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2015 World Juniors: Minnesota freshmen Ryan Collins and Leon Bristedt's separate WJC paths are intertwined

The American defenseman and Swedish forward both look to represent their respective countries in the top U-20 tournament before coming back to Minneapolis for the second half of the season.

Minnesota freshman forward Leon Bristedt is the lone North American player in Sweden's camp.
Minnesota freshman forward Leon Bristedt is the lone North American player in Sweden's camp.
Bruce Bennett/Getty Images

Two University of Minnesota freshmen will end their first semester of college by taking what they have learned at school and represent their home countries.

Swedish forward Leon Bristedt and American defenseman Ryan Collins (Columbus Blue Jackets draft pick) were each named last month to the preliminary roster for their respective Under-20 World Juniors Championship teams. They are joined by sophomore forward Hudson Fasching (Buffalo Sabres).

Although neither freshman has punched his ticket to the tournament, which runs from December 26-January 5 in Toronto and Montreal, Canada, being away from Mariucci Arena and in camp the week before the tournament is a good first step.

"It's such an honor. Having a chance to be part of it last year, but over the years being a part of other teams where there was U17 teams or U16 teams going overseas, it's a tremendous honor," said Minnesota head coach Don Lucia, who coached Team USA to a fifth-place finish in 2014. "You grow up in your country and have pride in your country to represent. It's a once in a lifetime opportunity."

Collins, an 18 year-old from Bloomington, Minnesota, returns to representing the United States wearing the red, white and blue. The 6'5", 204 lbs defenseman spent the previous two seasons playing for the US National Development Program, where he won a gold medal at the 2014 Under-18 World Championships.

"It's amazing," Collins said. "Every time you get an opportunity to wear the USA jersey it's an honor that I don't take for granted."

He's in a battle to make the final 23 man roster. Currently the United States has 8 defensemen in its camp with plans to cut down to seven. The young blue line is a strength for the Americans with 5 of the 10 players who started in camp, including the right-hand shot Collins, being first or second NHL draft picks. Three more could join the ranks next summer.

Bristedt, meanwhile, kind of returns home after six months acclimating in North America. The 5'8", 183 lbs forward is the lone college player on the team's roster, which currently sits at 25 players, including 14 forwards. While he is going to Ottawa for Sweden's camp, being back around his home countrymen combines the return to the European style of hockey the 19 year-old grew up playing with the North American style he has learned at Minnesota. (Plus being back around Team Sweden means Bristedt gets to be eating Swedish food, of course.)

The freshman is cautious about his chances to make the defending silver medalist Sweden, not wanting to celebrate before making the roster. However, Bristedt, who has four points (2G-2A) in 12 games for Minnesota this season, believes he can contribute for his country playing against the best players in the world in his age group.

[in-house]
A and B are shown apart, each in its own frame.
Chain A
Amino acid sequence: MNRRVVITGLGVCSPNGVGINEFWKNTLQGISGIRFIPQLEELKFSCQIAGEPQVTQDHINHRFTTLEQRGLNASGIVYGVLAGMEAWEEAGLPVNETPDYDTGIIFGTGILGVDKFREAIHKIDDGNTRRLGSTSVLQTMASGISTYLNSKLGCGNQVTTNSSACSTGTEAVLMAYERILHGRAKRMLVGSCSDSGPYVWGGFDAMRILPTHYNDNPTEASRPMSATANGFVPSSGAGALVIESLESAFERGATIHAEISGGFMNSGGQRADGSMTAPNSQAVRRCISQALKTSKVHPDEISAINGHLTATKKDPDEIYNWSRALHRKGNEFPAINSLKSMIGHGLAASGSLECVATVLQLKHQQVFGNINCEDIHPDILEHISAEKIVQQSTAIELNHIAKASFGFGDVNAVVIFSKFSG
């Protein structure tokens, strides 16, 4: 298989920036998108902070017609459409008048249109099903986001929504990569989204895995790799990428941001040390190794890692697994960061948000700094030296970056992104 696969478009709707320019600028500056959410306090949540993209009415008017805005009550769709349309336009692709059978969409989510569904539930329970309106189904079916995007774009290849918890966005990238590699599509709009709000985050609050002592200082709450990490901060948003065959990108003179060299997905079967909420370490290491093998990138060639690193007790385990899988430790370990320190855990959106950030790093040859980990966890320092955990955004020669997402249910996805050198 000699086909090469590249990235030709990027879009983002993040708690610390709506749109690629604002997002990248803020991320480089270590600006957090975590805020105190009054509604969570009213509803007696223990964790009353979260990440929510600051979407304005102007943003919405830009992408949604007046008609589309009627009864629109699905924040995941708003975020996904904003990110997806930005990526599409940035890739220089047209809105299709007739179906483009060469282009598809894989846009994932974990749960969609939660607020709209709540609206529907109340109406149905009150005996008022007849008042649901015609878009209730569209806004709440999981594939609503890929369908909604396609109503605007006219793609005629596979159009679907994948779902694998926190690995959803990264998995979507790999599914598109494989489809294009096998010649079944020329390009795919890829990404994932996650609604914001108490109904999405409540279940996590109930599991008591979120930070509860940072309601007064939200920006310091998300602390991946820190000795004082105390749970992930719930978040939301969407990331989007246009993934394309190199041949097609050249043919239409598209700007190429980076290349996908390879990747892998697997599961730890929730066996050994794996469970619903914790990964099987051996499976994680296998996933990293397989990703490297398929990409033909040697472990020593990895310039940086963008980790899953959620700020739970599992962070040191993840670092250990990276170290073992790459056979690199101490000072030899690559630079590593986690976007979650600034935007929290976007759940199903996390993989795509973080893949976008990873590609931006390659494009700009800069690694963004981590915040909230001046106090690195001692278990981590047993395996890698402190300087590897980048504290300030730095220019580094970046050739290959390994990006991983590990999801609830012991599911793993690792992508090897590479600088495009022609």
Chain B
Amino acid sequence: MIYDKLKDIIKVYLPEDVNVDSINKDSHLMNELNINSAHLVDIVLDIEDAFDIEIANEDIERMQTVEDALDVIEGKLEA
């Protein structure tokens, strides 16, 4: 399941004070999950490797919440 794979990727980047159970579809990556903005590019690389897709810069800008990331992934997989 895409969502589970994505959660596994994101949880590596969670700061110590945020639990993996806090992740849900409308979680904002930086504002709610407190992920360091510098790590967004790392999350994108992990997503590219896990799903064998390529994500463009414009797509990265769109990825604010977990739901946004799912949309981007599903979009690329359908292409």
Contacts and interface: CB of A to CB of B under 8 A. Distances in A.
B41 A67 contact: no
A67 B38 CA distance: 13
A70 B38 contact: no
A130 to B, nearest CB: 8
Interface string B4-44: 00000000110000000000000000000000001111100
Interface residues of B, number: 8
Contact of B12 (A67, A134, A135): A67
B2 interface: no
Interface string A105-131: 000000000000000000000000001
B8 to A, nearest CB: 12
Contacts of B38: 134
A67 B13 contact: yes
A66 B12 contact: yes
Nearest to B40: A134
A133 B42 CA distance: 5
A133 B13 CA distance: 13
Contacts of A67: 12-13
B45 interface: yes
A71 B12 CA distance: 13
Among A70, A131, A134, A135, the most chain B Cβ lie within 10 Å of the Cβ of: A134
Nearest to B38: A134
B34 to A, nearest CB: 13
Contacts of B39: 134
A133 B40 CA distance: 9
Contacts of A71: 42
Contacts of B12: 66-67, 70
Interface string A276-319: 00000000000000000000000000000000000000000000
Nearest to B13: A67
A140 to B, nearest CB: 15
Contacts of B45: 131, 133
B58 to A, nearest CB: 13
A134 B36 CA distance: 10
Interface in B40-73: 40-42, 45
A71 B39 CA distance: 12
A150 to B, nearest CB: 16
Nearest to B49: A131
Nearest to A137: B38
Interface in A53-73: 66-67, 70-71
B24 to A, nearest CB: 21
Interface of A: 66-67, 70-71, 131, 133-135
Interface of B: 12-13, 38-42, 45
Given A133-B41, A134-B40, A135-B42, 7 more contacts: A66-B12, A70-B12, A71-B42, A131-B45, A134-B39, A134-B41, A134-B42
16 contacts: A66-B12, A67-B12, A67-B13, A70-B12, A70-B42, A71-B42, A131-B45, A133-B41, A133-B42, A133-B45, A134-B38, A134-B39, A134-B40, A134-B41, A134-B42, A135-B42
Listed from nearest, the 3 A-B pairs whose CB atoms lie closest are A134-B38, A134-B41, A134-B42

"I think the coaches have a lot of trust in me and they know I can play the system," he said.

For these guys winter break is less a vacation from 9-4-1 Minnesota and more of an honor and opportunity - if they get the chance - to improve for second semester.

The World Juniors will also be one to show how far each has come since the two were in Lake Placid this past August for their respective evaluation camps. Bristedt and Collins may be playing different roles than they do for the Gophers on different countries, but they're together in their determination on the big stage.

"There's a lot of skill up there, getting to play against guys your own age again. I've played against some of them in the past and there are some skilled players out there," Collins said. "It's always a good challenge defensively to play against guys of that caliber."

Bristedt played against six of his future teammates in August. He vaguely knew who many of the forwards were. At the same time, the Stockholm native made some new acquaintances on the blue line.

"I didn't really know who they were back then," Bristedt said. "I remember (sophomore defenseman Michael Brodzinski) coming up to me and introducing himself, and I was like ‘man who are you?' He said, ‘I'm your teammate next year. Nice to meet you.'"

Four months later Bristedt knows his Minnesota teammates. He and Collins are roommates. That won't stop the two freshmen from possibly again playing one another tomorrow (December 23) in an exhibition game. If they both make their teams, they may also play in the medal rounds.

And if that happens the two Gopher freshmen will be closer together despite wearing different uniforms.

"We've been talking about it. I taught him some Swedish words that he can use," said Bristedt about going against Collins once again, which included the Swedish word for fatass, tjockis (and some other chirps between friends that aren't suitable for an article, he admitted).

"It's just going to be fun."


Nathan Wells is a college hockey columnist for SB Nation. You can also follow him on Twitter --